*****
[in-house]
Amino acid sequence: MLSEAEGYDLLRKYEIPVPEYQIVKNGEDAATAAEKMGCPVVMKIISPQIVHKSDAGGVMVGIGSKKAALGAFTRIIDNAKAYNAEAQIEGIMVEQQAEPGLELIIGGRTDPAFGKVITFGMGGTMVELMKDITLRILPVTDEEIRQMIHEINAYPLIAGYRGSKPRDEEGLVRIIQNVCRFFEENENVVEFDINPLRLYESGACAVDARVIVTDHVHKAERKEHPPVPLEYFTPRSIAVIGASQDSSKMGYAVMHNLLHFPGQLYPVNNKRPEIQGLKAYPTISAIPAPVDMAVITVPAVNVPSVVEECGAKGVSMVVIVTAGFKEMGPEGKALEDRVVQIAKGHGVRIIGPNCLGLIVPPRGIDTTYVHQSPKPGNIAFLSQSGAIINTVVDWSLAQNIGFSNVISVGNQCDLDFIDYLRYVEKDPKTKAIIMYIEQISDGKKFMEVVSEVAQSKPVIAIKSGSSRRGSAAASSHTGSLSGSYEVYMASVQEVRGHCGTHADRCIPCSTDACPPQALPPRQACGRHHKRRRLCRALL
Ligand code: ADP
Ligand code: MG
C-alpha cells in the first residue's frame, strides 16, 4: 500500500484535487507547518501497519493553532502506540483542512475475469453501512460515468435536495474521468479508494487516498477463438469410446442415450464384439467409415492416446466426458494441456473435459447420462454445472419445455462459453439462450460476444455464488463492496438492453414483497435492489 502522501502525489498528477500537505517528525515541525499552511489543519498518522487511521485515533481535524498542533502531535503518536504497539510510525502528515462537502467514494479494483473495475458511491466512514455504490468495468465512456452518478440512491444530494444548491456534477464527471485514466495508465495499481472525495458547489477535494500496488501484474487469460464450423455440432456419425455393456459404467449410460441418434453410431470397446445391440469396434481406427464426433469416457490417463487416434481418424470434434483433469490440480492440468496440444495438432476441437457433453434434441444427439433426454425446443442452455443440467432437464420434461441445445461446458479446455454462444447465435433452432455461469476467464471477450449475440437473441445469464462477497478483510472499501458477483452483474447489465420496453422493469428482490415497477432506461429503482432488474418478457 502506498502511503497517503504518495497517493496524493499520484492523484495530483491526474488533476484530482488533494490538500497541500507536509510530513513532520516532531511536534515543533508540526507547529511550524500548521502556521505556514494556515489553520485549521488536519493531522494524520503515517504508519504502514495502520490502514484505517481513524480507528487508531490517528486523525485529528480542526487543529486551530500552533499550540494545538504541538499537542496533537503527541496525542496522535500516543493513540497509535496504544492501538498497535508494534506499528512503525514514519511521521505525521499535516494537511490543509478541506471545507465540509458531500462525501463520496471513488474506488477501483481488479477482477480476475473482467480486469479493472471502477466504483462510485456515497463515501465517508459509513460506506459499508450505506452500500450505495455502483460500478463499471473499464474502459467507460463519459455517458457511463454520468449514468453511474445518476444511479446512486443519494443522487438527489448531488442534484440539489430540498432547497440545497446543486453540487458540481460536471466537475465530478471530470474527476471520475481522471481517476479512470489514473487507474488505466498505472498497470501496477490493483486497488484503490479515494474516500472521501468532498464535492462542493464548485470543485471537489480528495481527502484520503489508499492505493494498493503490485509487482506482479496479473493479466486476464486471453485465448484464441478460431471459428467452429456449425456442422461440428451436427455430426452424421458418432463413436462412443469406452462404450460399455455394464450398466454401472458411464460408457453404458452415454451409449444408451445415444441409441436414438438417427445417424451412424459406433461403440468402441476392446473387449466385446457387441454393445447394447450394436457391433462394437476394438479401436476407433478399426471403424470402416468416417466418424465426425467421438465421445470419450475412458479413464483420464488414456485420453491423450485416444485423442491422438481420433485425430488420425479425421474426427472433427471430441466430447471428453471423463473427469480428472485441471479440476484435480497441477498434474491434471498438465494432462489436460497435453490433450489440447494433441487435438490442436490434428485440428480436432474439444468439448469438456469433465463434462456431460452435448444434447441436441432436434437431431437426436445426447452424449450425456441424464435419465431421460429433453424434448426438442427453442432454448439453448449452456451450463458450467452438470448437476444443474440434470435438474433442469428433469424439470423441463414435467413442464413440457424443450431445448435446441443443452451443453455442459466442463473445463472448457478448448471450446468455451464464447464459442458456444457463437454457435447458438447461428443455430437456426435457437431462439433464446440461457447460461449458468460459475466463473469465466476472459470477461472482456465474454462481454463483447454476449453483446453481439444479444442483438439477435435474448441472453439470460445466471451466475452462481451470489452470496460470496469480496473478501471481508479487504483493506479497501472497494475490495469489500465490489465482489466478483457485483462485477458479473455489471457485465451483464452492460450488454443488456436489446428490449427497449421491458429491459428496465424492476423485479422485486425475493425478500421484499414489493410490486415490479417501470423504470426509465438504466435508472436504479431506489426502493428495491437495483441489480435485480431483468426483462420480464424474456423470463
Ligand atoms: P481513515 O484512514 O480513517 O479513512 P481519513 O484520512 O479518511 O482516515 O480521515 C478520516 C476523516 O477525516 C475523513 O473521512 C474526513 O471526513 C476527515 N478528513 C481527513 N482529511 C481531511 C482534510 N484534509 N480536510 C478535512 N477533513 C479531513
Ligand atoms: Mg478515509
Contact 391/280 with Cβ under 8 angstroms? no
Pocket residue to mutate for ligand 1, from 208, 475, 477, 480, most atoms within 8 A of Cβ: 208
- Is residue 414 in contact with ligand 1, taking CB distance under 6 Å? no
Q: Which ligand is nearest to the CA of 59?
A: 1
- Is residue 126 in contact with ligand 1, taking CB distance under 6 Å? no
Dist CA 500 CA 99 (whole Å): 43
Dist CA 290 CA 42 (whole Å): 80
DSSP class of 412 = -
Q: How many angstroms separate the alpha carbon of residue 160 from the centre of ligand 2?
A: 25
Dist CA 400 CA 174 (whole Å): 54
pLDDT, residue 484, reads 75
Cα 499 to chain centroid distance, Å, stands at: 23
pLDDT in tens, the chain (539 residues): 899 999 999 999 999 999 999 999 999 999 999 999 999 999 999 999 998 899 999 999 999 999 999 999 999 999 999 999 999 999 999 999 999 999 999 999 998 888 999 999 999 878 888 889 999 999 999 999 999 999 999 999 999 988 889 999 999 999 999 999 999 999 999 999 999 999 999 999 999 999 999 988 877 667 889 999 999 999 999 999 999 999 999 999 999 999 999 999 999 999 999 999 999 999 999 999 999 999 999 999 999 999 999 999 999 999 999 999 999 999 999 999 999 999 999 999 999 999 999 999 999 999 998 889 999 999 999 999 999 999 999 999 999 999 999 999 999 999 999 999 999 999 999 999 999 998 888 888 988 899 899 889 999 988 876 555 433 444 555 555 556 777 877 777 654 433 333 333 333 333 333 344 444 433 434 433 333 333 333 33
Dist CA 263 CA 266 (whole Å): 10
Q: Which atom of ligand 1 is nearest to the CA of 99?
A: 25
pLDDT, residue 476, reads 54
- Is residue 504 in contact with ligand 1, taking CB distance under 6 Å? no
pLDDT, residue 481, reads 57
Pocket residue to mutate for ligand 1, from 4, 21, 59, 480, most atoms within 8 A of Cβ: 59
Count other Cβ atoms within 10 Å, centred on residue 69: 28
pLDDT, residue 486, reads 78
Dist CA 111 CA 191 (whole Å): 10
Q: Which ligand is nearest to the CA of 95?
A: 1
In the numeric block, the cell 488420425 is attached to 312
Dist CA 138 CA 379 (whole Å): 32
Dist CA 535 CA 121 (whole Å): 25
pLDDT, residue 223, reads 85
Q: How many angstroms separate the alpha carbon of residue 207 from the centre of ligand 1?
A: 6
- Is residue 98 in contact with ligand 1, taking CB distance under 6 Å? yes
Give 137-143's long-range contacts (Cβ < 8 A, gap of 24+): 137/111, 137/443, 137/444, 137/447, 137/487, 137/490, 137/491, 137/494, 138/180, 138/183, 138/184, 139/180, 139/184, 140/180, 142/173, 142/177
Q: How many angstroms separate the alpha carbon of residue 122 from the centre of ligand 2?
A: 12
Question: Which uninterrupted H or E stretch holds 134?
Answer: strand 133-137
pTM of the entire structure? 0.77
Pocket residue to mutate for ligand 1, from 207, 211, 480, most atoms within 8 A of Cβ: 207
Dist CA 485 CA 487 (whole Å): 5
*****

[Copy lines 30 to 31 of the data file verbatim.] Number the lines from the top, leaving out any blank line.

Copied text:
Count other Cβ atoms within 10 Å, centred on residue 69: 28
pLDDT, residue 486, reads 78